A prerequisite when creating a healthy environment

“Working hard and working smart sometimes can be two different things.” ~ Byron Dorgan

The primary cause of many acute and chronic illnesses in the workplace has been directly attributed to the existence of uncontrolled air pollutants. Skin, eye and upper respiratory tract irritation often result from the presence of volatile organic compounds or VOC’s. Asthma, headaches and chronic diseases, including cancer; neurological failure and liver damage have all been linked to VOC’s. In a report tabled by the World Health Organisation in 2002, they state that VOC’s could be responsible for over 1,6m deaths each year.

According to the many conclusive studies on the subject that are now available, indoor plants offer the modern office designer an immediate and effective solution. These studies need to be taken seriously by designers as they show a direct correlation between indoor plants, air quality, a healthy environment and productivity. One extensive survey undertaken by Prof. Dr Tøve Fjeld from University of Norway, determined that plants in offices improve both the sense of well-being and the health of workers in a sealed environment.

During a study using sample groups, some located in an environment where plants were present and other similar groups who were not exposed to indoor plants - the study showed that health problems occurred less frequently where plants were present and that the participants felt that the plants added positively to their psychological wellbeing.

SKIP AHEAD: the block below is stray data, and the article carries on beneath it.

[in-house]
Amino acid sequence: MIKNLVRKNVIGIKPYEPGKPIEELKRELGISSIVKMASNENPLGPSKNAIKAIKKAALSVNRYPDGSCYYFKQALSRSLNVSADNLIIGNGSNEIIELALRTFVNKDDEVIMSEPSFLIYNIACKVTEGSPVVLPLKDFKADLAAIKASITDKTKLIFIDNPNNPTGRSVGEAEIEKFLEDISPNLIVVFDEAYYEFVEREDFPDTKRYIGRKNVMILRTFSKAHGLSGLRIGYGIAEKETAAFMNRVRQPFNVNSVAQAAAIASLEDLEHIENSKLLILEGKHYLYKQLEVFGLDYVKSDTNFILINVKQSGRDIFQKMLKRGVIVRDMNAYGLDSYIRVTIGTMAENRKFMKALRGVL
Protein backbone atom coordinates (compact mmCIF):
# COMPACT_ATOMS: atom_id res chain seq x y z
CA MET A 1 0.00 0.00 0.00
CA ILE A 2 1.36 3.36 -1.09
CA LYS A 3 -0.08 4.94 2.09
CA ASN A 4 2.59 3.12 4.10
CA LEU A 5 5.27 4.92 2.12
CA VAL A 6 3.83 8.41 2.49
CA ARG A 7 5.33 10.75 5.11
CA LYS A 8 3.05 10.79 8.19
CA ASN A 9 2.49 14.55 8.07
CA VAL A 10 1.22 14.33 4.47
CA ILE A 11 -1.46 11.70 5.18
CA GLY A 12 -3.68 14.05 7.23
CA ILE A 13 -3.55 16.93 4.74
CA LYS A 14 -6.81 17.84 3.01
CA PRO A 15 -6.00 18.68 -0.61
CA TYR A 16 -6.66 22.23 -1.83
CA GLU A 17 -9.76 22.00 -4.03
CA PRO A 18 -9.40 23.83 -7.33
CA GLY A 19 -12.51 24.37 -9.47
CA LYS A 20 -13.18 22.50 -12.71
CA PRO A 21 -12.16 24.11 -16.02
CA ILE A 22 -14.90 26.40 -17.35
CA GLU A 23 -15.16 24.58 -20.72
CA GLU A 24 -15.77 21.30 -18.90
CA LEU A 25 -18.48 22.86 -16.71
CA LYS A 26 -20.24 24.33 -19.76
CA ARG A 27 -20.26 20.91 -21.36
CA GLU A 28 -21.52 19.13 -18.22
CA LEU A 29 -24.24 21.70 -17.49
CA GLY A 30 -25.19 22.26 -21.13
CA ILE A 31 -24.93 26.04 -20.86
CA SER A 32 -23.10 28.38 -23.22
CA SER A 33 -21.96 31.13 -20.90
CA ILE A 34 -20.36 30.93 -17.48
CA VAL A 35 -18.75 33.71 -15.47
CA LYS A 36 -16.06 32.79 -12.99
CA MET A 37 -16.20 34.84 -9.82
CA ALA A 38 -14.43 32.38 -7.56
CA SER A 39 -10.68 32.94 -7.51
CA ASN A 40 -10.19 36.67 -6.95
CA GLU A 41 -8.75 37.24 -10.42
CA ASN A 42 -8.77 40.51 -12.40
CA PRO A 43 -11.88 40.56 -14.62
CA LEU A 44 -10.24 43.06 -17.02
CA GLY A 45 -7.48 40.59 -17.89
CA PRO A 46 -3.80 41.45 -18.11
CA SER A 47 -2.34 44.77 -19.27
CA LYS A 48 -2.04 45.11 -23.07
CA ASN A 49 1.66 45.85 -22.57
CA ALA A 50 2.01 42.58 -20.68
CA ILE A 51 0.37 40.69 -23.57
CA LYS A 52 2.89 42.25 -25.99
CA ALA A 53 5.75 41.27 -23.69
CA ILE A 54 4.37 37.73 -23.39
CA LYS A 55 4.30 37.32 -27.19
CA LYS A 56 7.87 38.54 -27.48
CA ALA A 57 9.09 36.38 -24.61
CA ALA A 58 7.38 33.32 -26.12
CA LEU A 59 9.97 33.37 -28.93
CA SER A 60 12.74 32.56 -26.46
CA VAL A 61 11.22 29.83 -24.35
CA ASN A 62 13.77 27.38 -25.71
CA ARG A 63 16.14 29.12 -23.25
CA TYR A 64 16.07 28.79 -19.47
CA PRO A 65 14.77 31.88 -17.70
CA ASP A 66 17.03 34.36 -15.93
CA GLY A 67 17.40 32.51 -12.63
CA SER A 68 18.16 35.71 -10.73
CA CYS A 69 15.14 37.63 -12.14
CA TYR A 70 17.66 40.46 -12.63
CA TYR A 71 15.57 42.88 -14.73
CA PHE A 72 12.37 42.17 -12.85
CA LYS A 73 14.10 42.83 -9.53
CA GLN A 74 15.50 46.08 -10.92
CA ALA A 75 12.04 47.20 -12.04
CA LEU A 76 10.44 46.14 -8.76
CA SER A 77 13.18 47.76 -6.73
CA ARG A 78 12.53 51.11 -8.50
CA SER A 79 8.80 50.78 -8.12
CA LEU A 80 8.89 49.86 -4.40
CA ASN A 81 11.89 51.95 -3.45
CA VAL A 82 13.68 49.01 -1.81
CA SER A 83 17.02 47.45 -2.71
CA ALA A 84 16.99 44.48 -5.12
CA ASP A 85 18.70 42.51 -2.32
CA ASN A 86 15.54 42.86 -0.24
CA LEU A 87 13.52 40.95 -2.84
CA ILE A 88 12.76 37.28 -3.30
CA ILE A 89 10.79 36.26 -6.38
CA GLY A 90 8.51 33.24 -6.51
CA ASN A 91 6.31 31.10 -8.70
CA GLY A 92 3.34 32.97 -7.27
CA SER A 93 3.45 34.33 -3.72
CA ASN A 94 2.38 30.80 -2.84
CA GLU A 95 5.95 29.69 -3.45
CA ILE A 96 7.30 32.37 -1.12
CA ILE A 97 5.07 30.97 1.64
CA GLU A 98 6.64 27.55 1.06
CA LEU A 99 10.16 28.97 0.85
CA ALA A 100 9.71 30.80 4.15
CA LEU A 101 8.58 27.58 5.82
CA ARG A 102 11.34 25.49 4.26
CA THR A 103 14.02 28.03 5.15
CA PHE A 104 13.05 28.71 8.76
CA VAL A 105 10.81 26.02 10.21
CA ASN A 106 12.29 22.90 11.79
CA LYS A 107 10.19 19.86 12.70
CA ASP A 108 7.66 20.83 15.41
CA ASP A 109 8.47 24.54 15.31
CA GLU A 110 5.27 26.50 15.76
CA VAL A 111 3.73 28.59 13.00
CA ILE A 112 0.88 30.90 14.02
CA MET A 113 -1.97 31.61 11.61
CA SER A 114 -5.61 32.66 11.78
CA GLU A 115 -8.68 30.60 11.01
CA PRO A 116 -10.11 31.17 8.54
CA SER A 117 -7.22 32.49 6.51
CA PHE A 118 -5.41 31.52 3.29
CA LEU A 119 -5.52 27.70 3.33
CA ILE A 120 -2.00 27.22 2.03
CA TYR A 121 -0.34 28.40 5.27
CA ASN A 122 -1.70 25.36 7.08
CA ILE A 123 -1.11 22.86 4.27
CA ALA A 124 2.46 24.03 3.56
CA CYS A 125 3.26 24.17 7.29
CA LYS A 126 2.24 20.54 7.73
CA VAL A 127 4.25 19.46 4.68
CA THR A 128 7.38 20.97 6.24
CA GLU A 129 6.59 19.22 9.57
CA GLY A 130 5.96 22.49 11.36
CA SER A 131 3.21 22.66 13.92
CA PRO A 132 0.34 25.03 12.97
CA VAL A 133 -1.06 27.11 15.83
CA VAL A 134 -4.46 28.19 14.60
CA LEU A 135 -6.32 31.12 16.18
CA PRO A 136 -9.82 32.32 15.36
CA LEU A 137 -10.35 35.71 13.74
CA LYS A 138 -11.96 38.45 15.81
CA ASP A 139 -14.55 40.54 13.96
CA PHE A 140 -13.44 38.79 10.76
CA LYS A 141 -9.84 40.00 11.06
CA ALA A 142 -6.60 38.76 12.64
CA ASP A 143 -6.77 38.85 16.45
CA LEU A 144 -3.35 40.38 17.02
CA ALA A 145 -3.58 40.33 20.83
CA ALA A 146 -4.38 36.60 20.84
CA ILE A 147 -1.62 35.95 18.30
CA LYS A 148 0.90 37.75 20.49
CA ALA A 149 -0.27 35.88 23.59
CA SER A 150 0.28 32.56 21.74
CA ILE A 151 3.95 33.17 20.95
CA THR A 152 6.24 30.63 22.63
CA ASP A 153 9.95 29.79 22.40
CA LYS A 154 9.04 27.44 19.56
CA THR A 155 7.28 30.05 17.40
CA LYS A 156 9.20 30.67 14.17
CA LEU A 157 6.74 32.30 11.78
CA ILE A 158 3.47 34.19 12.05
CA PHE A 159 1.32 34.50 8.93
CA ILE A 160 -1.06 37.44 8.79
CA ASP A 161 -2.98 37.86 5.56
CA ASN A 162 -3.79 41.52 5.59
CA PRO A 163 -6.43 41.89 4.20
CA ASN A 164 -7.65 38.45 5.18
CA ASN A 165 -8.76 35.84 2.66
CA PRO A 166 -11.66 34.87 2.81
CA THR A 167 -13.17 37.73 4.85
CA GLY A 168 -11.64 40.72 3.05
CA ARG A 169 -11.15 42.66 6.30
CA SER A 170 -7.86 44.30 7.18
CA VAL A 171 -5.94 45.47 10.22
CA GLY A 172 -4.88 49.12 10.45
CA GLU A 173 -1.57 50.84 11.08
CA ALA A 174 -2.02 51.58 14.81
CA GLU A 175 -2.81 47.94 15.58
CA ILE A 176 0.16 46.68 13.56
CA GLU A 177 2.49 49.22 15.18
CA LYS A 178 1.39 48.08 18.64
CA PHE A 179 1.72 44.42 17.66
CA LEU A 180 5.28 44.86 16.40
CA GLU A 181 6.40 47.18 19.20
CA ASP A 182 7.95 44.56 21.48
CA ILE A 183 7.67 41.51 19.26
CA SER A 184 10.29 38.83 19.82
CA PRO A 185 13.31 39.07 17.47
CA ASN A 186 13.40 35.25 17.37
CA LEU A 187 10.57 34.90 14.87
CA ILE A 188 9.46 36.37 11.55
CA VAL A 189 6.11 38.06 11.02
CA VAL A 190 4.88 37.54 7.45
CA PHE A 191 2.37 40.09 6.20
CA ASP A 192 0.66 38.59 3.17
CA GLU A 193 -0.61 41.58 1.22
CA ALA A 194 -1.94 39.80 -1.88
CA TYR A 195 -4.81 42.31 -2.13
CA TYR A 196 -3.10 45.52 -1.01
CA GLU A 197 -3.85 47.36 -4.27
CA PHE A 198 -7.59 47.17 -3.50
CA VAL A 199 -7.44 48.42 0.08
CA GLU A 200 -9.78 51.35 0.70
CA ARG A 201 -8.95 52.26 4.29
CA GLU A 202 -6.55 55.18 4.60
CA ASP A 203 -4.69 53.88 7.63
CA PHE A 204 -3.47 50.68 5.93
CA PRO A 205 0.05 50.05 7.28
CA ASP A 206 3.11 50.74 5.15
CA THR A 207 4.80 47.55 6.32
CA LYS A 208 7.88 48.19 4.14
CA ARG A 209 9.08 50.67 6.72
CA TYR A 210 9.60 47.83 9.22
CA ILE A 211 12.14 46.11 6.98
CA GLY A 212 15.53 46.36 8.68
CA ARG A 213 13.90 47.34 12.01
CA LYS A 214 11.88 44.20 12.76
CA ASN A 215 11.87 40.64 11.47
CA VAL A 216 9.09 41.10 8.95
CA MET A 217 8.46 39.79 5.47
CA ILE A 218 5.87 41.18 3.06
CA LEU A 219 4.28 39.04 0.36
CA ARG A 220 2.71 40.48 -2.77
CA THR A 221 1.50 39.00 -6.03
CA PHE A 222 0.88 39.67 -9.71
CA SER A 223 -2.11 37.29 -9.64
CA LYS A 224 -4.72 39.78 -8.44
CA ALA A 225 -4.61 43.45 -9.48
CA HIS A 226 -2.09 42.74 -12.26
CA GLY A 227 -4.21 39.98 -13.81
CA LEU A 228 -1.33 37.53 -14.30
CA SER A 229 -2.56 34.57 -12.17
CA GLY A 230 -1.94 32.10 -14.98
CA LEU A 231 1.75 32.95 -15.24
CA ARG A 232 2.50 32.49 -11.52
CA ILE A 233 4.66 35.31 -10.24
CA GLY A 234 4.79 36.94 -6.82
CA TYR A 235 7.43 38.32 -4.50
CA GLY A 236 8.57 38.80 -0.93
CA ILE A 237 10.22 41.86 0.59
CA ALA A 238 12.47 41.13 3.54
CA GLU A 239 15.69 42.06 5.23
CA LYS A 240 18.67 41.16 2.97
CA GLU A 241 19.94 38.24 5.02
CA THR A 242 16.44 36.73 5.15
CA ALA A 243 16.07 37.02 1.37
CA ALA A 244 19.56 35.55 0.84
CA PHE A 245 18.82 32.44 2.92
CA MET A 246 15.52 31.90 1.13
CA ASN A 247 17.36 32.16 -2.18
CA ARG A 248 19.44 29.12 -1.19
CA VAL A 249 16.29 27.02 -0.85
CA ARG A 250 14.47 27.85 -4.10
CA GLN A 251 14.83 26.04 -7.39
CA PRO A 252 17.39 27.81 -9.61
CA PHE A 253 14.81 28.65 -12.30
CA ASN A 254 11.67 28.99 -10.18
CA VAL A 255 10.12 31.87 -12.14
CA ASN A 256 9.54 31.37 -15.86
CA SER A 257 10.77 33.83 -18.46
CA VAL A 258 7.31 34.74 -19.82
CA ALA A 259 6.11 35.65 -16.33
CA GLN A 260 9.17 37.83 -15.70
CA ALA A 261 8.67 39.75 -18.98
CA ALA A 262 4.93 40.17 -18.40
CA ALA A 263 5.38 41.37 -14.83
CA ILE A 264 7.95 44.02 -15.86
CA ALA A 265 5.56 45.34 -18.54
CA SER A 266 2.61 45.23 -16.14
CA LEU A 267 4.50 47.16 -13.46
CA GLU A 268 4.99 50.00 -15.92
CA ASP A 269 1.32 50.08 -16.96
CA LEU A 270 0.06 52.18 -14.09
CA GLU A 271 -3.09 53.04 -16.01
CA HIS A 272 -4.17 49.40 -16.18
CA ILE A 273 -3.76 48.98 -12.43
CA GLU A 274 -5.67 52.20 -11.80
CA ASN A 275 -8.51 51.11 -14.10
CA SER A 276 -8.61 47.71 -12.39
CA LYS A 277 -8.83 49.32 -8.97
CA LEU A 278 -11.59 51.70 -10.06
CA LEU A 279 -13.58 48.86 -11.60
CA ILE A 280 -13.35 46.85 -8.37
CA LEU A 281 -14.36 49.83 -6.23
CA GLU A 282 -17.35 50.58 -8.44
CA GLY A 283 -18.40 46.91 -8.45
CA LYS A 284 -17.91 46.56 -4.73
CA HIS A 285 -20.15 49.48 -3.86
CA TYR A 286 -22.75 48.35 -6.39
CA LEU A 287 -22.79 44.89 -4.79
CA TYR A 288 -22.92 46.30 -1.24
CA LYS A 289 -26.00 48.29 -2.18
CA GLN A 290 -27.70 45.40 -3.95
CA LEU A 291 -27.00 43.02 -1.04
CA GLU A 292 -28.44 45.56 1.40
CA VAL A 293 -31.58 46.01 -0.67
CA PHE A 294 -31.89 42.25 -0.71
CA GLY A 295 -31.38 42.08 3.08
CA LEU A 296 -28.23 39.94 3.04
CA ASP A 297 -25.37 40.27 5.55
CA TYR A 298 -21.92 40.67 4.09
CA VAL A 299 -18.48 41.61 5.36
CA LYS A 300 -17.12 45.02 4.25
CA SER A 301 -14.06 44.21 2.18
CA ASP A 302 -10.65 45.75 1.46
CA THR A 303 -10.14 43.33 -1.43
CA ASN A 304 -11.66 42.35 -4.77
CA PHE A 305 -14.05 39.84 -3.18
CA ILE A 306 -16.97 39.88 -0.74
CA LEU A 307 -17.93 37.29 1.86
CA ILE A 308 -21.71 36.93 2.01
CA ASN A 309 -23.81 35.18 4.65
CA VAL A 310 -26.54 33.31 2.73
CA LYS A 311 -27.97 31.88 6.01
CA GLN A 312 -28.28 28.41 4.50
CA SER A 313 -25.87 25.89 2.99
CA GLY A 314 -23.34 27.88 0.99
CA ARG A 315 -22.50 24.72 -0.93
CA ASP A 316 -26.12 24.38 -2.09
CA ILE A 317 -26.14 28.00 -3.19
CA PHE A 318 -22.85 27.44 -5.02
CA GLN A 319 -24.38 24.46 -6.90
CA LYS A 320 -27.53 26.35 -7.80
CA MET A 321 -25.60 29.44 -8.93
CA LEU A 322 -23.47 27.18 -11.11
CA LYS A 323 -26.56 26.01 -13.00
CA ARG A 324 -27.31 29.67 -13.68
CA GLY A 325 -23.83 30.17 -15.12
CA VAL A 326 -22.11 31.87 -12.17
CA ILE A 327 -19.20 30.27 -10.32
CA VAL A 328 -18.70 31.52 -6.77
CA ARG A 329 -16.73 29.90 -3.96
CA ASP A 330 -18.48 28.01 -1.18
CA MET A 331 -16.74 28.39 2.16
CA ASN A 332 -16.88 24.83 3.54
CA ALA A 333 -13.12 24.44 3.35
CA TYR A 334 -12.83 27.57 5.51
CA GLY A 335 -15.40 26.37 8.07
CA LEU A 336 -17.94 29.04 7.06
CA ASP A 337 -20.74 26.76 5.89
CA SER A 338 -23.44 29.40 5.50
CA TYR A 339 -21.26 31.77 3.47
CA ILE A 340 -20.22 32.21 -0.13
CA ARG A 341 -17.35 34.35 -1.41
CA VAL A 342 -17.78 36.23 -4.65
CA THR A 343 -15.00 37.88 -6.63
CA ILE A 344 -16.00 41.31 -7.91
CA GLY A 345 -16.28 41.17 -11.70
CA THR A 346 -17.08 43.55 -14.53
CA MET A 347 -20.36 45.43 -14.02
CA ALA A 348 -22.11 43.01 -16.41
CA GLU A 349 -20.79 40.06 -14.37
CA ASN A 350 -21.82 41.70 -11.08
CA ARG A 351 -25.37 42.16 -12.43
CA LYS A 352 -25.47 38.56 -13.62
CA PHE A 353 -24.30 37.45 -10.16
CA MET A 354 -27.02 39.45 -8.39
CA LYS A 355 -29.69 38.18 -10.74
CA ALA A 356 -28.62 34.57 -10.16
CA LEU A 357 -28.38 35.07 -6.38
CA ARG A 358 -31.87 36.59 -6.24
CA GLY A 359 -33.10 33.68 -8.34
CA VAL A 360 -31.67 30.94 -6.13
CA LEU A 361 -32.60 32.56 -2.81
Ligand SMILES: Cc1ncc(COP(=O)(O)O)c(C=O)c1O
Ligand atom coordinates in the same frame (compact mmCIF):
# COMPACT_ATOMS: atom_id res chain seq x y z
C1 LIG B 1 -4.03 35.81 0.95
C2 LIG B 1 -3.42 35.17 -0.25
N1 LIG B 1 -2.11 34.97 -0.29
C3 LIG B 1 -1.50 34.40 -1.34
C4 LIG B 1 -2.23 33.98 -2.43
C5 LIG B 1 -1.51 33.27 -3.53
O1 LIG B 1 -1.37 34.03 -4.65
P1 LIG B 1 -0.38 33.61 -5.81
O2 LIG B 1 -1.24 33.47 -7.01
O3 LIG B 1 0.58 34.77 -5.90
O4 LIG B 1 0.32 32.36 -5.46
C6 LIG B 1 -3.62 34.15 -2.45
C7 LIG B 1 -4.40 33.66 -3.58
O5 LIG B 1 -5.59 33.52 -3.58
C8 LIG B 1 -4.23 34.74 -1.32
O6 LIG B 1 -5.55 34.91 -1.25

Air pollutants within sealed environments number in the thousands. They are emitted into the modern enclosed workplace as vapour from certain solids and liquids. Toxic vapour is released from a multitude of different products ranging from building materials to furnishings and cleaning materials, both during and after usage. These can have adverse short and long-term health effects on both humans and animals.

In her conclusion of the detailed study, Professor Fjeld stated that it was “consequently obvious to assume that the plants can help reduce the costs resulting from short term absence due to illness.”

Despite the evolution of mankind having a seemingly detrimental effect on our natural environment, a symbiotic relationship has always existed between man and plants. The strength of this relationship offers us many opportunities, one of which is to bring something that is 100% natural into the entirely unnatural office environment. The inclusion of indoor plants is fast becoming a prerequisite when planning an efficient and healthy office environment.

Courtesy: Interior Plantscapers Association